Prosecutor backs murder law change
Calls for US-style murder charges to be introduced in England and Wales have won support from the Director of Public Prosecutions.
Keir Starmer QC backed recommendations made by the Law Commission for a three-tier system for homicide cases, depending on their seriousness, a Crown Prosecution Service spokesman said.
These were first-degree murder, carrying a mandatory life sentence; second-degree murder, with a life term at the discretion of the judge plus sentence guidelines; and manslaughter, also with a maximum penalty of life.
The Law Commission, which reviews and recommends reform to the law, made wide-ranging recommendations for changes to the legislation six years ago.
A year later, it said the homicide law was a "rickety structure set upon shaky foundations", with some of the rules being in place since the 17th century.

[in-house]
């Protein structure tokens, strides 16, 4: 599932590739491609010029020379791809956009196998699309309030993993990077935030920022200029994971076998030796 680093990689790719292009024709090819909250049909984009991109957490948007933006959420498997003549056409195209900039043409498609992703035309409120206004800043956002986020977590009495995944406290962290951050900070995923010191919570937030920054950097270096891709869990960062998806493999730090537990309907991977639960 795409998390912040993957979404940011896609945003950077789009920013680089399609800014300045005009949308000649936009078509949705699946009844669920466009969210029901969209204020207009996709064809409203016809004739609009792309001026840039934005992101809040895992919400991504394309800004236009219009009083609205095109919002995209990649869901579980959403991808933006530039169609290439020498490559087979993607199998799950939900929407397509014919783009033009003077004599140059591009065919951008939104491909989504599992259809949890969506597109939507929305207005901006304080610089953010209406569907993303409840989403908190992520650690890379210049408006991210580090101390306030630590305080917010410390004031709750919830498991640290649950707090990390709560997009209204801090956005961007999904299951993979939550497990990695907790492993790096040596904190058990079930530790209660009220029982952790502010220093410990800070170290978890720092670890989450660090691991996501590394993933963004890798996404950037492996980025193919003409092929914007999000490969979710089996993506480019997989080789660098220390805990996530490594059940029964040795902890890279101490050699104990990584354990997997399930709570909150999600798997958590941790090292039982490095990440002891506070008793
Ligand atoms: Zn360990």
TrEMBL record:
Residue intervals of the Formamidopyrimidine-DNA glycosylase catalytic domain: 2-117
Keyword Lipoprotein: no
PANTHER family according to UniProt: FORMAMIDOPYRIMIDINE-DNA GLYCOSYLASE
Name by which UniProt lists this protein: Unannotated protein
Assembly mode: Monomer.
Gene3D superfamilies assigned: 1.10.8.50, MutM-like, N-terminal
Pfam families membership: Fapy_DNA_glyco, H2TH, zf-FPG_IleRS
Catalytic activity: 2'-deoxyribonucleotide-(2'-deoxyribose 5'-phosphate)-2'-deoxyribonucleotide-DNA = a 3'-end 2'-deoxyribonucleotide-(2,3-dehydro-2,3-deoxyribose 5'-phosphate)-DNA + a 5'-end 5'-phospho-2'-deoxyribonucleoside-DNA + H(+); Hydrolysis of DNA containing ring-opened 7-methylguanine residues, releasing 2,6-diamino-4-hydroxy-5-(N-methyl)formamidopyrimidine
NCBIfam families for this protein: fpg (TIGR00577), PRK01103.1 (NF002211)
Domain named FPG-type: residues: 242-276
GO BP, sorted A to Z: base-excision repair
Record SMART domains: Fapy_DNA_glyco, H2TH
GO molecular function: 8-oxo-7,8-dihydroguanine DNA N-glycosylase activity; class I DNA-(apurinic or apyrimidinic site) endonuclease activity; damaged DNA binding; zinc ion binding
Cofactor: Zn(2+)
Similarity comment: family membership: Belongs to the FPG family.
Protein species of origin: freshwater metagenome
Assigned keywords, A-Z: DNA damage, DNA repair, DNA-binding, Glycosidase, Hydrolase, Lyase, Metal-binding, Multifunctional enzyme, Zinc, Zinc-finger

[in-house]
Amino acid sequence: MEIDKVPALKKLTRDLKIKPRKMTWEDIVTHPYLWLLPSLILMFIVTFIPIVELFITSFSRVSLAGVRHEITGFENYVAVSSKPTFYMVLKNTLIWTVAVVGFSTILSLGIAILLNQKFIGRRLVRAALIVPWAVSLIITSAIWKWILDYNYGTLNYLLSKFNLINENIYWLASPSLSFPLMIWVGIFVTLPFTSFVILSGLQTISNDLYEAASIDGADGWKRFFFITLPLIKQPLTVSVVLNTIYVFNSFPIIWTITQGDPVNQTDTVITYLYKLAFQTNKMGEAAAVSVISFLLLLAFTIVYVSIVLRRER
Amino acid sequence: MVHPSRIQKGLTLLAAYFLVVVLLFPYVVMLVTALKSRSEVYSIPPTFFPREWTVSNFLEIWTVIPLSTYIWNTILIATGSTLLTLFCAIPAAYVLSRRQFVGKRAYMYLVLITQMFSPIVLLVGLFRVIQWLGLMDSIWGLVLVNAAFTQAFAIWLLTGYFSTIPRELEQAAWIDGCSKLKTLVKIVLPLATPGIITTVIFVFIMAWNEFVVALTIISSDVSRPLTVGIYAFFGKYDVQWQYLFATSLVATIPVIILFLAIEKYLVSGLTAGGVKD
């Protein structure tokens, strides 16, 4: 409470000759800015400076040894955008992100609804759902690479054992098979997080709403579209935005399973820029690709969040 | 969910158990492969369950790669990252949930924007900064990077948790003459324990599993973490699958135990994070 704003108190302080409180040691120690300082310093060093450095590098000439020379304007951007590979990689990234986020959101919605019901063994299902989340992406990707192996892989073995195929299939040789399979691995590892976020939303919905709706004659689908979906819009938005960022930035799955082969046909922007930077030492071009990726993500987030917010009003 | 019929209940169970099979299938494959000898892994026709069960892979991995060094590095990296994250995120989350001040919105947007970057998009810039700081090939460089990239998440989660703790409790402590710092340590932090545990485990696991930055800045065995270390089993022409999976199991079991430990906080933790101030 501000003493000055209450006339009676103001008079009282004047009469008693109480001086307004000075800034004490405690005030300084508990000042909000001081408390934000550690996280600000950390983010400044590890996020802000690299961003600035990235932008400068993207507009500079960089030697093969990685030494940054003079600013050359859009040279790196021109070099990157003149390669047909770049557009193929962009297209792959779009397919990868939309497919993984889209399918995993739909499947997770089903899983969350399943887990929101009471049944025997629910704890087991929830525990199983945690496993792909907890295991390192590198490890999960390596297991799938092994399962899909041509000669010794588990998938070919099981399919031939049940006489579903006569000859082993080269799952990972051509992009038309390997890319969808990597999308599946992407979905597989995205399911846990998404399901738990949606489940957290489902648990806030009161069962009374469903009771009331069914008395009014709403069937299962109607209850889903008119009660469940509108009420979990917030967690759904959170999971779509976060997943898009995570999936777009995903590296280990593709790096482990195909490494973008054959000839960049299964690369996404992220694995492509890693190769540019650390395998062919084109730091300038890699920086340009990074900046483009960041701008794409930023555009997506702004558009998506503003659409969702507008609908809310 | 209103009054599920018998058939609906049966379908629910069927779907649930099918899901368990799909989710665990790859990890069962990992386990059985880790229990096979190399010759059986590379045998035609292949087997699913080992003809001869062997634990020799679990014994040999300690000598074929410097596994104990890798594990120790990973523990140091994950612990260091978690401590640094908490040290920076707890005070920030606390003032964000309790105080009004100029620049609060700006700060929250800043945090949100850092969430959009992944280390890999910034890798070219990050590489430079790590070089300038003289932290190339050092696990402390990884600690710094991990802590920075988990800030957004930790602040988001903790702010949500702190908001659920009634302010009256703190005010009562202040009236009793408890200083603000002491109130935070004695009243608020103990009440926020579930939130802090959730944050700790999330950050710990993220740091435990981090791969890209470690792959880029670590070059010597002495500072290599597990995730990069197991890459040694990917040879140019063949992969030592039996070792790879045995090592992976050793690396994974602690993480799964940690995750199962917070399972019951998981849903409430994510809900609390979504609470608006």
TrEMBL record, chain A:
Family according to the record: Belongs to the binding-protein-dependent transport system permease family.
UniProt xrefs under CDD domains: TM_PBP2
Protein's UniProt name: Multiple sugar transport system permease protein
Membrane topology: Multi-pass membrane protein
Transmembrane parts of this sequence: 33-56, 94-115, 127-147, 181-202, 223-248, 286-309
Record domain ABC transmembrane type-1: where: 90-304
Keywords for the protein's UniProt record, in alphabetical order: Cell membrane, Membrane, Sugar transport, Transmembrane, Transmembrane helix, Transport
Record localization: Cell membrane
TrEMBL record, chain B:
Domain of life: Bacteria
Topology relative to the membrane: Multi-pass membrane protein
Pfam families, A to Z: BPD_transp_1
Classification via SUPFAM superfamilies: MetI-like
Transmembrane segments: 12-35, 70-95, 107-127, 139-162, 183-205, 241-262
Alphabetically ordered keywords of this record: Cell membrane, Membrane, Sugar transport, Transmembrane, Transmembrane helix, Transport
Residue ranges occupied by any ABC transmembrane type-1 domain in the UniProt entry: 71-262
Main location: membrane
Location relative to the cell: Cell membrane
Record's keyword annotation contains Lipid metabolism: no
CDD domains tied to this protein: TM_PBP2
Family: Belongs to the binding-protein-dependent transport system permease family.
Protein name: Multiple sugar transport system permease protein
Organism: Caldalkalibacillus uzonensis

The law could not be stated with "clarity or certainty", it said.
In a further review, published in 2006, the commission suggested the three-tier system which has now been backed by Mr Starmer.
A Ministry of Justice spokeswoman said on Wednesday: "The Government is aware of the recommendations put forward in the Law Commission's report on murder, which we will consider."
In July, it emerged that Lord Chancellor Kenneth Clarke was "sympathetic" to a reform of the law of murder.
In addition, former Metropolitan Police Commissioner Lord Blair has now hinted he backs reform being considered, saying: "I think the Americans have a very sensible idea that there are degrees of murder. I do think we just need to look at it. The Law Commission spent a long time looking at it and it's unfortunate their views have not been followed up so far."